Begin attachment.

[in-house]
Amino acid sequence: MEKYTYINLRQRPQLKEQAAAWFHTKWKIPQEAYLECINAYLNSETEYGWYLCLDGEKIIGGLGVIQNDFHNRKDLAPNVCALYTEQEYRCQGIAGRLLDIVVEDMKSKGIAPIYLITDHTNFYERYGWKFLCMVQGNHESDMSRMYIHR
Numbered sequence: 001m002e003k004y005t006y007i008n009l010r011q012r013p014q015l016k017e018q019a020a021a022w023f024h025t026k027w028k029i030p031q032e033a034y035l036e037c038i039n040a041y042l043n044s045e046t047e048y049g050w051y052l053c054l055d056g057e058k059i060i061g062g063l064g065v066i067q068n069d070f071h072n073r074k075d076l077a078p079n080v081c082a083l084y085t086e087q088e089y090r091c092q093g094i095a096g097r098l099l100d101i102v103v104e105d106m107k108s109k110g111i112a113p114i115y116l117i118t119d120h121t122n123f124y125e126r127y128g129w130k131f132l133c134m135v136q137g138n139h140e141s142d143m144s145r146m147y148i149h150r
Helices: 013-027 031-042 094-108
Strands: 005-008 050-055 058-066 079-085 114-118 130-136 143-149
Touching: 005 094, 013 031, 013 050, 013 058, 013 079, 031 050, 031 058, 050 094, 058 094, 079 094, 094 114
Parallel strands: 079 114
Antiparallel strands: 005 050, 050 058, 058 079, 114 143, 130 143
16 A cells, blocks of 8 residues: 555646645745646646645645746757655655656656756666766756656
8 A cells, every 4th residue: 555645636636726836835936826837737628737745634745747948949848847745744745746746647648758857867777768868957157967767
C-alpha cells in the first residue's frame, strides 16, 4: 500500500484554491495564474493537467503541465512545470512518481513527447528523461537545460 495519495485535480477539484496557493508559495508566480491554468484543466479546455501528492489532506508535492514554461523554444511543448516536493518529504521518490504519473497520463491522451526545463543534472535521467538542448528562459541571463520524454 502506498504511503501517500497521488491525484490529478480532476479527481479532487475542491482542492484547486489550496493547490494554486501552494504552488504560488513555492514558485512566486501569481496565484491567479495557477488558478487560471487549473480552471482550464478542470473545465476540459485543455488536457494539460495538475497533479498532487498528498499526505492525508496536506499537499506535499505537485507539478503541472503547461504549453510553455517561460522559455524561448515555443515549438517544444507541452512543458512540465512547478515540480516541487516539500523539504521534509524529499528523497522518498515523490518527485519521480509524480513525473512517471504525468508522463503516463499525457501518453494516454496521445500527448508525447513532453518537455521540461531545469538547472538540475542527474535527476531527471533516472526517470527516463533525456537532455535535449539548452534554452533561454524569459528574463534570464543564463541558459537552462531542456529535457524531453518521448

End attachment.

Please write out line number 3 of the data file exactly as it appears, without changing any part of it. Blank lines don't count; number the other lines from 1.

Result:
Numbered sequence: 001m002e003k004y005t006y007i008n009l010r011q012r013p014q015l016k017e018q019a020a021a022w023f024h025t026k027w028k029i030p031q032e033a034y035l036e037c038i039n040a041y042l043n044s045e046t047e048y049g050w051y052l053c054l055d056g057e058k059i060i061g062g063l064g065v066i067q068n069d070f071h072n073r074k075d076l077a078p079n080v081c082a083l084y085t086e087q088e089y090r091c092q093g094i095a096g097r098l099l100d101i102v103v104e105d106m107k108s109k110g111i112a113p114i115y116l117i118t119d120h121t122n123f124y125e126r127y128g129w130k131f132l133c134m135v136q137g138n139h140e141s142d143m144s145r146m147y148i149h150r